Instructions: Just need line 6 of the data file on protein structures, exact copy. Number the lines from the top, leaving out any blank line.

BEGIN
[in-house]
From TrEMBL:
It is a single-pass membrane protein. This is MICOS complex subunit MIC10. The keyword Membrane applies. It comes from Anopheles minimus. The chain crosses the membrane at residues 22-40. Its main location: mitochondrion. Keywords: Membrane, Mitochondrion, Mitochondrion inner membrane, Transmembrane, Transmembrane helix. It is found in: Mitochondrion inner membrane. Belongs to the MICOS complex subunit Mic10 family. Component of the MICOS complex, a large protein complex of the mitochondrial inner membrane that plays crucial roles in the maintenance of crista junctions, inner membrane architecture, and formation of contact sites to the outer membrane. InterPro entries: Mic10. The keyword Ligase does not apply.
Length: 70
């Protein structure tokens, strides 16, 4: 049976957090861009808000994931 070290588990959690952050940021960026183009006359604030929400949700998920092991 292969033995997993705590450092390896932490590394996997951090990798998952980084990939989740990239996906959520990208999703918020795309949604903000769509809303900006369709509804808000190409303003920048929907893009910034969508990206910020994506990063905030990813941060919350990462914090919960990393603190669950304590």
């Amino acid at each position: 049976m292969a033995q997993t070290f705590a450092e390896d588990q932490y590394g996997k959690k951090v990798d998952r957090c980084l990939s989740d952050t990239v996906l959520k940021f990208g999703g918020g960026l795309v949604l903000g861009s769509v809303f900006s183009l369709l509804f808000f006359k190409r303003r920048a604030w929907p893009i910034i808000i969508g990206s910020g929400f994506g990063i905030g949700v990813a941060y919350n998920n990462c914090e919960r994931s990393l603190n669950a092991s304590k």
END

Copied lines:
């Amino acid at each position: 049976m292969a033995q997993t070290f705590a450092e390896d588990q932490y590394g996997k959690k951090v990798d998952r957090c980084l990939s989740d952050t990239v996906l959520k940021f990208g999703g918020g960026l795309v949604l903000g861009s769509v809303f900006s183009l369709l509804f808000f006359k190409r303003r920048a604030w929907p893009i910034i808000i969508g990206s910020g929400f994506g990063i905030g949700v990813a941060y919350n998920n990462c914090e919960r994931s990393l603190n669950a092991s304590k």